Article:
Yavapai

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Ya·va·pai

 (yăv′ə-pī′, yä′və-)
n. pl. Yavapai or Ya·va·pais
1. A Native American people inhabiting central Arizona.
2. The Yuman language of the Yavapai.
American Heritage® Dictionary of the English Language, Fifth Edition. Copyright © 2016 by Houghton Mifflin Harcourt Publishing Company. Published by Houghton Mifflin Harcourt Publishing Company. All rights reserved.
ThesaurusAntonymsRelated WordsSynonymsLegend:
Noun1.Yavapai - a member of a North American Indian people of central Arizona
Hoka, Hokan - a member of a North American Indian people speaking one of the Hokan languages
2.Yavapai - the Yuman language spoken by the Yavapai
Yuman - a group of language of the Hokan family in Arizona and California and Mexico
Based on WordNet 3.0, Farlex clipart collection. © 2003-2012 Princeton University, Farlex Inc.
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Montezuma consequently became acquainted with Yuma Frank, who led the Fort McDowell Yavapai Nation during these years, and his cousins, one of whom, Charles Dickens, solicited Montezuma's help against the Indian Bureau and the Salt River Valley Water Users Association, both of which wanted the Yavapais removed.
We never get a clear picture of what motivated the Yavapais to attack the Oatmans (Mifflin suggests it was hunger) and to keep Olive, allegedly as a slave, nor do we understand why the Mohaves might then have wanted to adopt her.
The cover of Identifying Marks displays the tattooed visage of Olive Oatman, kidnapped by the Yavapais in 1830 and marked by the Mohaves a year later.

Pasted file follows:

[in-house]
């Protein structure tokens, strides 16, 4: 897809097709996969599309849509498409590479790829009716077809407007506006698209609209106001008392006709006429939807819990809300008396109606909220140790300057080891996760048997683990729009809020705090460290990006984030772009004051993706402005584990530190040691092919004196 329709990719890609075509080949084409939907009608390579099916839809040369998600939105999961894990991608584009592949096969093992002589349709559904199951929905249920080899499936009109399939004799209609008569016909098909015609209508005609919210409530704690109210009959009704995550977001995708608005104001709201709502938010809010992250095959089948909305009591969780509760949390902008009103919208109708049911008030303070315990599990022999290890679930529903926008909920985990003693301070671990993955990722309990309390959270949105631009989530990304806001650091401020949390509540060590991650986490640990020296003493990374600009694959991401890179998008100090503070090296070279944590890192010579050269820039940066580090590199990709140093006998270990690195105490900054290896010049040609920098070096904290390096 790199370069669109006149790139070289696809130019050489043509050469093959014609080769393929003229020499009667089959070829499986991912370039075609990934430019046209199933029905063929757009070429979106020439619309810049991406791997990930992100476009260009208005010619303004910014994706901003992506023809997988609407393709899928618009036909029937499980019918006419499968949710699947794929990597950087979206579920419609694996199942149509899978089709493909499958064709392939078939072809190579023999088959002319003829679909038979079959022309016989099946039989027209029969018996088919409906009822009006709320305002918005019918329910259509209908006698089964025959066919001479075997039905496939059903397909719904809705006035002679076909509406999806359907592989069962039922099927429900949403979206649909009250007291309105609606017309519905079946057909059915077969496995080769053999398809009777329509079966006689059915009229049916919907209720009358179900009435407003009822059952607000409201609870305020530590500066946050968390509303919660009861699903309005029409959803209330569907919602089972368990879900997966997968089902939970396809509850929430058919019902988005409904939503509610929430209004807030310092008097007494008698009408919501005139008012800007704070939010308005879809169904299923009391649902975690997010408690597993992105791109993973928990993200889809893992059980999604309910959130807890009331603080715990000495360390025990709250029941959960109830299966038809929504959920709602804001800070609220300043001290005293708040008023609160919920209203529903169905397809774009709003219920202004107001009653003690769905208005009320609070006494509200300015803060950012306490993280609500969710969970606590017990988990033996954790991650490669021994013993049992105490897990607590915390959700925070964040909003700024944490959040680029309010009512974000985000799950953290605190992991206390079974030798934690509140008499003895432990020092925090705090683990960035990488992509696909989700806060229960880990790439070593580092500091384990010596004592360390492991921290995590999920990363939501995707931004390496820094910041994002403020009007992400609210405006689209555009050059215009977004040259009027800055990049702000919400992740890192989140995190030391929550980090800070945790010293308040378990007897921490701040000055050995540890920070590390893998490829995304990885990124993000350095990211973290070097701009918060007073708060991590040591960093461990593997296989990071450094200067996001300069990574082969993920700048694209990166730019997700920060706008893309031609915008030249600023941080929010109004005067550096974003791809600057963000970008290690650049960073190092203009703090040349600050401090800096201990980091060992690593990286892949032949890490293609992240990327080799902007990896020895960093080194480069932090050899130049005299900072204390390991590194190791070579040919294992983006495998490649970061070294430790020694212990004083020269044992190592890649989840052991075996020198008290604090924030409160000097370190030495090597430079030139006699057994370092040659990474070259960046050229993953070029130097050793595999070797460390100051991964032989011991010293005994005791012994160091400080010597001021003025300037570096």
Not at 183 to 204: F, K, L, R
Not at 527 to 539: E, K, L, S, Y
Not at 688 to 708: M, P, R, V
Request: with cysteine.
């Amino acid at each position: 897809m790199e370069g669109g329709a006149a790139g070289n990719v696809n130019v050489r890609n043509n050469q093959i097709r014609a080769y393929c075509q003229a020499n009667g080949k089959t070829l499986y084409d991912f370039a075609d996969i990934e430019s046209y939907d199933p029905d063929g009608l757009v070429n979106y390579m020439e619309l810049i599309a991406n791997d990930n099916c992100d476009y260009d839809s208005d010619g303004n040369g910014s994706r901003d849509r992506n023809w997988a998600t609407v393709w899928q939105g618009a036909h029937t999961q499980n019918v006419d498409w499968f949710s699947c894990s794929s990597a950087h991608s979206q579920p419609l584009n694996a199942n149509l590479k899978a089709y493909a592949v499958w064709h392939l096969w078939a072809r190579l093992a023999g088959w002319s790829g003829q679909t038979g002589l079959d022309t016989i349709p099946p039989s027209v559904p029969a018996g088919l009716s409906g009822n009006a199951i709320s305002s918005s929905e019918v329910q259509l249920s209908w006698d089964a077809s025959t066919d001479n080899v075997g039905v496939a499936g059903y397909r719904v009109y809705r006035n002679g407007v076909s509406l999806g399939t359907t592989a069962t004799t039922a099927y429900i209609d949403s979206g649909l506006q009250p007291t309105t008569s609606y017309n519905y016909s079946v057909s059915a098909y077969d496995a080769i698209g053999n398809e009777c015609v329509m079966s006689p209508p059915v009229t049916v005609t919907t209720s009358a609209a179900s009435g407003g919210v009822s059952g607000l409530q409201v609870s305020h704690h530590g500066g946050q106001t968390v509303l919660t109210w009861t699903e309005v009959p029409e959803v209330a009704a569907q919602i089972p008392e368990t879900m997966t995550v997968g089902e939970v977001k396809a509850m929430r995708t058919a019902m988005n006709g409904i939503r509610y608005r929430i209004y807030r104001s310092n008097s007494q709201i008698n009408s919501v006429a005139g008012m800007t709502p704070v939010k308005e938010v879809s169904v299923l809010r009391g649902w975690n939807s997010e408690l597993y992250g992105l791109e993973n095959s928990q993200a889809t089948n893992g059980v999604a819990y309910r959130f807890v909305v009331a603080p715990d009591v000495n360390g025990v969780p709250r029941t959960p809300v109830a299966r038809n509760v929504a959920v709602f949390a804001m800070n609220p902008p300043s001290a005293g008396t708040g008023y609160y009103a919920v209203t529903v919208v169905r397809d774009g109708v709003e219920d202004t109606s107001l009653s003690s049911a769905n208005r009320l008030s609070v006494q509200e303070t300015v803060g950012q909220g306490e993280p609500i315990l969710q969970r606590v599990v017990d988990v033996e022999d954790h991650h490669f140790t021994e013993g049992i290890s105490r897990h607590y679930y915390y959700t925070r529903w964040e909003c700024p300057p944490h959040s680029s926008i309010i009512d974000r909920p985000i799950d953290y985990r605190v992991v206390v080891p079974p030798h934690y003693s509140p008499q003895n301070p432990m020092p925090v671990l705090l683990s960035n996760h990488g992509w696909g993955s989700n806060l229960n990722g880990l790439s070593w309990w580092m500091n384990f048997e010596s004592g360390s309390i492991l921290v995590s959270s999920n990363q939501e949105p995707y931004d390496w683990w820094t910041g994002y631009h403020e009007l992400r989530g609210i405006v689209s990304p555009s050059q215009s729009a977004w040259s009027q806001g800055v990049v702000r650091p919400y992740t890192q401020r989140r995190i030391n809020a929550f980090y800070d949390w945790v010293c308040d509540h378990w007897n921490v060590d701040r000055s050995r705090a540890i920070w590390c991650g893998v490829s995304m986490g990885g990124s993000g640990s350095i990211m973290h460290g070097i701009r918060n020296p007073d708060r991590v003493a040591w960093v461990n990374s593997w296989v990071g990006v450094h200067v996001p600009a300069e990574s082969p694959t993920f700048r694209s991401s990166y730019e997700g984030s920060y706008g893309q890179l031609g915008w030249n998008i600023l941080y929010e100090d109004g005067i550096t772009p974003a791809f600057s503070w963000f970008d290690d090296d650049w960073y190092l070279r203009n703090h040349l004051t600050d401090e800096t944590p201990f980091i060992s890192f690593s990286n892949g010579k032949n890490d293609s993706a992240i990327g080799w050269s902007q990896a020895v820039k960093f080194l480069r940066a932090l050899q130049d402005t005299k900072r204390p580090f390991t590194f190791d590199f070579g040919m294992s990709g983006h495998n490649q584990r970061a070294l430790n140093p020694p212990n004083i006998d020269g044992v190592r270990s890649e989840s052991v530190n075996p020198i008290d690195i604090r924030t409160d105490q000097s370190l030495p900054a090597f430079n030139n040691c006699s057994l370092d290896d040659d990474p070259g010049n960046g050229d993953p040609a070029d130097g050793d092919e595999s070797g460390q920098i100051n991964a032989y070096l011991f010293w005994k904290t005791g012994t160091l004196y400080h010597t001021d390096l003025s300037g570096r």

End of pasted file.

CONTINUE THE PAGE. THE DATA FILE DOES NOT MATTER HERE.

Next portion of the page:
Descriptions of the agricultural Pimas, for example, contrast sharply with those of the Apaches and Comanches, as do the dissimilar depictions of the Yavapais and Mojaves.
Throughout the twentieth century the Fort McDowell Yavapais fought off one scheme after another that threatened to push them away from their land.
According to linguists, they spoke a derivation of Pai and were in the Yuman language group, which connected them linguistically to the Mohaves, Yavapais, and other Indigenous peoples along the Colorado River.
While traveling with their family to California, Oatman and her younger sister were taken captive by Yavapais Indians on February 18, 1851.
The Yavapai Indians of north-central Arizona once considered themselves four peoples: Tolkepayas, Yavapes, Wipukepas, and Kwevkepayas.(2) Ethnographic studies suggest that prior to the 1860s the Yavapais developed informal social and political structures.
Braatz to the contrary notwithstanding, nowhere on the cited pages did Garces report presiding over a peace council of Mohaves, Yavapais, Pais, Chemehuevis, and Halchidhomas.(8)
The Yavapais of the Fort McDowell Reservation in Arizona clashed with government agents and missionaries in the early twentieth century over the right to hold customary dances around the Fourth of July.
Devin considered the Pais "quiet" enough to order Price into action against Yavapais. In the late phase of conflict, the federal government looked for Pai scapegoats.